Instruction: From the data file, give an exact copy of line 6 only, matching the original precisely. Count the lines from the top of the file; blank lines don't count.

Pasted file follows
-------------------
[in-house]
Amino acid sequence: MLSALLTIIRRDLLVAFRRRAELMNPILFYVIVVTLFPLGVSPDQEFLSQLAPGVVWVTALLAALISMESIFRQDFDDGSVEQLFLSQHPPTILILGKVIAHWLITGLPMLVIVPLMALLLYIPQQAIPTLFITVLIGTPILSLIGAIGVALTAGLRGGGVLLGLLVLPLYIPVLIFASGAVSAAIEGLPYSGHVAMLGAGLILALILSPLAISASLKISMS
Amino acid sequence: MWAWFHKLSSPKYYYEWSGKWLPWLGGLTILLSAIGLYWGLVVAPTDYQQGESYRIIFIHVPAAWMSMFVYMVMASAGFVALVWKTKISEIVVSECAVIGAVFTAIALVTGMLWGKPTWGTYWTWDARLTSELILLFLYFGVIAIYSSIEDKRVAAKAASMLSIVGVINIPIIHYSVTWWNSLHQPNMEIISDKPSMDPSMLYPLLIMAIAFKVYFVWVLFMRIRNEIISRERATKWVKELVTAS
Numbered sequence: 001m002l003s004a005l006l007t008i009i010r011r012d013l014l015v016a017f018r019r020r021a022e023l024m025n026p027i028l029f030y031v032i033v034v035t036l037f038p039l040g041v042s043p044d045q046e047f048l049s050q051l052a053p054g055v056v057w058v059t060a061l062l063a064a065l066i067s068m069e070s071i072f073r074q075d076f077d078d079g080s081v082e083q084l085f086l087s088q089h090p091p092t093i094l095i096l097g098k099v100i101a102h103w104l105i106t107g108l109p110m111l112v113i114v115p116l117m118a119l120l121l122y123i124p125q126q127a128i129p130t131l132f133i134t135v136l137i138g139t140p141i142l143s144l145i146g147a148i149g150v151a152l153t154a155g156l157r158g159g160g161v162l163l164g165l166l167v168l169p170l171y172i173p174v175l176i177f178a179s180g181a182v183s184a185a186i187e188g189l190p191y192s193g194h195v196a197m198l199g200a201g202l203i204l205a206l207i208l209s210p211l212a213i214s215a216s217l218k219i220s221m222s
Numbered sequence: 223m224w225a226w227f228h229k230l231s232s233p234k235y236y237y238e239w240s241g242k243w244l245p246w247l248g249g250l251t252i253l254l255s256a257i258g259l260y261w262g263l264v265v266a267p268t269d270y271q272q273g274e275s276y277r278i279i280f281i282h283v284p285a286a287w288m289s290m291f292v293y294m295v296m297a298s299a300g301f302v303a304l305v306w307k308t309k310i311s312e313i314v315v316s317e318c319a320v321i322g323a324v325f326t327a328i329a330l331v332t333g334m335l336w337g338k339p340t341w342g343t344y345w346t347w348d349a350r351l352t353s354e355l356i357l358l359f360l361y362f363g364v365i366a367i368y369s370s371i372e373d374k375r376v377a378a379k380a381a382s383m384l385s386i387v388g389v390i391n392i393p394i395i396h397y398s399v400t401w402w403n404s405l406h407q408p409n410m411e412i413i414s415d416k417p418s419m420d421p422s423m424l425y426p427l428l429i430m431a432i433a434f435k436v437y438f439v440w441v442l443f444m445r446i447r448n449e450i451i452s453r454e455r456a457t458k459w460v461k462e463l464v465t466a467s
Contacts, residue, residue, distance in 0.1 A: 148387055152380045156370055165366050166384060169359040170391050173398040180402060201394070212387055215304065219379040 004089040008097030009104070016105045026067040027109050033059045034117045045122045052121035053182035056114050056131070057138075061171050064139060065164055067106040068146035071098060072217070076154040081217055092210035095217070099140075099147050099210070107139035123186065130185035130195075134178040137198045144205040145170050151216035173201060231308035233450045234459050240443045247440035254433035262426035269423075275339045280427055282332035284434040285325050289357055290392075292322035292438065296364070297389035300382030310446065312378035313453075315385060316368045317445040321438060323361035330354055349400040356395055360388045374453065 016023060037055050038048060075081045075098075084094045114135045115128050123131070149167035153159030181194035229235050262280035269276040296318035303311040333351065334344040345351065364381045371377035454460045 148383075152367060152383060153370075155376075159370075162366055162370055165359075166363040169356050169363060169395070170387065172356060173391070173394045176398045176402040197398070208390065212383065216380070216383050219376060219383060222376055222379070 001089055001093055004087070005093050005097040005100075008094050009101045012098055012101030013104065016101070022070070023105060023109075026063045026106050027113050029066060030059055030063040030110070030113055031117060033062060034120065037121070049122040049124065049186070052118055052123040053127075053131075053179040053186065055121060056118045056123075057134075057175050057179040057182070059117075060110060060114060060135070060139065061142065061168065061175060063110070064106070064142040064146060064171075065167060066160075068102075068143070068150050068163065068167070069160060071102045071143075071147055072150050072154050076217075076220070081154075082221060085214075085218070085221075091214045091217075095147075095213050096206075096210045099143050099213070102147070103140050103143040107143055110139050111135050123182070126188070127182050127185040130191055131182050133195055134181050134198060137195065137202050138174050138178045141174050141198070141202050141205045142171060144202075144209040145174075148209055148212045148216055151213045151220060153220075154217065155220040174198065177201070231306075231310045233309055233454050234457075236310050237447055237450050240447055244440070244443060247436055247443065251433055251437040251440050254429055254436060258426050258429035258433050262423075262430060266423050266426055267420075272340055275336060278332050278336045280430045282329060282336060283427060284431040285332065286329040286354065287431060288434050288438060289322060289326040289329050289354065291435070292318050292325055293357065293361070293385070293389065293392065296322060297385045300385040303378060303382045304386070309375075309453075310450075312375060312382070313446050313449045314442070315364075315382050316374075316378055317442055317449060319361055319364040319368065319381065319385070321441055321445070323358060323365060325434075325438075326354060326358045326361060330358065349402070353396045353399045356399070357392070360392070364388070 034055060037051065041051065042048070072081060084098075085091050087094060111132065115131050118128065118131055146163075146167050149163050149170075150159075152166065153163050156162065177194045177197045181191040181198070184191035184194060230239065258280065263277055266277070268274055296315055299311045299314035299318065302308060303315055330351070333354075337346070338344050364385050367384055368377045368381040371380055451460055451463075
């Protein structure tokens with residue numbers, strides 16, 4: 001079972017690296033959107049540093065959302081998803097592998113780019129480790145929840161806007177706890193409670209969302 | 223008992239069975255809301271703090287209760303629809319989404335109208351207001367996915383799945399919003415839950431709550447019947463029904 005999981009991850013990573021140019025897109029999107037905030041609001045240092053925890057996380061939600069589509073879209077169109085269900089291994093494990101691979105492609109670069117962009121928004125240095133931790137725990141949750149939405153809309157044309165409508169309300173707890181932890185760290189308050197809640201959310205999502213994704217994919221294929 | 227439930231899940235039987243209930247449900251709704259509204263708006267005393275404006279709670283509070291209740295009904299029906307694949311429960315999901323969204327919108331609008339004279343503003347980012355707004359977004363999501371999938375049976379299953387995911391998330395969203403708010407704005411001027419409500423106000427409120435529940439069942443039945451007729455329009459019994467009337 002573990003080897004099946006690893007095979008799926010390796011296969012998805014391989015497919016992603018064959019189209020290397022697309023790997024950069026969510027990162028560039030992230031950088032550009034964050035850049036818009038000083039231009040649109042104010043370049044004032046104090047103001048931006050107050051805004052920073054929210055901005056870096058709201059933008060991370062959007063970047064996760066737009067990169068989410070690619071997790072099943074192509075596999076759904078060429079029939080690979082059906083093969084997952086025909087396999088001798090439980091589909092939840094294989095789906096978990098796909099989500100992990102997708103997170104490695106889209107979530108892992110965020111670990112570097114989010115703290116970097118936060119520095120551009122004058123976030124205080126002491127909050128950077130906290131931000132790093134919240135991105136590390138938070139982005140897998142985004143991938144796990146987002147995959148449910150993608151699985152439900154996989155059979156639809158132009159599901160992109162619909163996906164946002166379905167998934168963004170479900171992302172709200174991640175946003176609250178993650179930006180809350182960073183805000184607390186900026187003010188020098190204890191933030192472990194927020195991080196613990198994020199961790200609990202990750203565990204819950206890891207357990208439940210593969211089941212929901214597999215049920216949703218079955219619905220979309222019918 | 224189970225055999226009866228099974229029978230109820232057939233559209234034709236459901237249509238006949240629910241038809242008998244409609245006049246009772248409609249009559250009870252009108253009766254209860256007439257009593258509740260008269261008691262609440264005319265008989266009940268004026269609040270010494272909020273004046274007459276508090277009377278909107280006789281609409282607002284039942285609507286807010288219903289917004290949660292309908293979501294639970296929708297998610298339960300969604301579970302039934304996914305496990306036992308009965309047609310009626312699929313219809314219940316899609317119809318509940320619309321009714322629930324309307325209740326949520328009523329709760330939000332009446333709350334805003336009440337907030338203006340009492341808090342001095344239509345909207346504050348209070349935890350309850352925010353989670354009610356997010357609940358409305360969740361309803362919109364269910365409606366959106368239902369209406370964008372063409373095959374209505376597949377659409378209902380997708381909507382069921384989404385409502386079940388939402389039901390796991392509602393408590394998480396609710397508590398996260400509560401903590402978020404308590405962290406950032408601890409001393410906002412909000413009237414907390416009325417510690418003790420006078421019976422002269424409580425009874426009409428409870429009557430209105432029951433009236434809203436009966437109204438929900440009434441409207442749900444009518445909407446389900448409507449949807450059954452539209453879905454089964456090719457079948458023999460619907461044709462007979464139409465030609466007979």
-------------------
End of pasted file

Contacts, residue, residue, distance in 0.1 A: 148387055152380045156370055165366050166384060169359040170391050173398040180402060201394070212387055215304065219379040 004089040008097030009104070016105045026067040027109050033059045034117045045122045052121035053182035056114050056131070057138075061171050064139060065164055067106040068146035071098060072217070076154040081217055092210035095217070099140075099147050099210070107139035123186065130185035130195075134178040137198045144205040145170050151216035173201060231308035233450045234459050240443045247440035254433035262426035269423075275339045280427055282332035284434040285325050289357055290392075292322035292438065296364070297389035300382030310446065312378035313453075315385060316368045317445040321438060323361035330354055349400040356395055360388045374453065 016023060037055050038048060075081045075098075084094045114135045115128050123131070149167035153159030181194035229235050262280035269276040296318035303311040333351065334344040345351065364381045371377035454460045 148383075152367060152383060153370075155376075159370075162366055162370055165359075166363040169356050169363060169395070170387065172356060173391070173394045176398045176402040197398070208390065212383065216380070216383050219376060219383060222376055222379070 001089055001093055004087070005093050005097040005100075008094050009101045012098055012101030013104065016101070022070070023105060023109075026063045026106050027113050029066060030059055030063040030110070030113055031117060033062060034120065037121070049122040049124065049186070052118055052123040053127075053131075053179040053186065055121060056118045056123075057134075057175050057179040057182070059117075060110060060114060060135070060139065061142065061168065061175060063110070064106070064142040064146060064171075065167060066160075068102075068143070068150050068163065068167070069160060071102045071143075071147055072150050072154050076217075076220070081154075082221060085214075085218070085221075091214045091217075095147075095213050096206075096210045099143050099213070102147070103140050103143040107143055110139050111135050123182070126188070127182050127185040130191055131182050133195055134181050134198060137195065137202050138174050138178045141174050141198070141202050141205045142171060144202075144209040145174075148209055148212045148216055151213045151220060153220075154217065155220040174198065177201070231306075231310045233309055233454050234457075236310050237447055237450050240447055244440070244443060247436055247443065251433055251437040251440050254429055254436060258426050258429035258433050262423075262430060266423050266426055267420075272340055275336060278332050278336045280430045282329060282336060283427060284431040285332065286329040286354065287431060288434050288438060289322060289326040289329050289354065291435070292318050292325055293357065293361070293385070293389065293392065296322060297385045300385040303378060303382045304386070309375075309453075310450075312375060312382070313446050313449045314442070315364075315382050316374075316378055317442055317449060319361055319364040319368065319381065319385070321441055321445070323358060323365060325434075325438075326354060326358045326361060330358065349402070353396045353399045356399070357392070360392070364388070 034055060037051065041051065042048070072081060084098075085091050087094060111132065115131050118128065118131055146163075146167050149163050149170075150159075152166065153163050156162065177194045177197045181191040181198070184191035184194060230239065258280065263277055266277070268274055296315055299311045299314035299318065302308060303315055330351070333354075337346070338344050364385050367384055368377045368381040371380055451460055451463075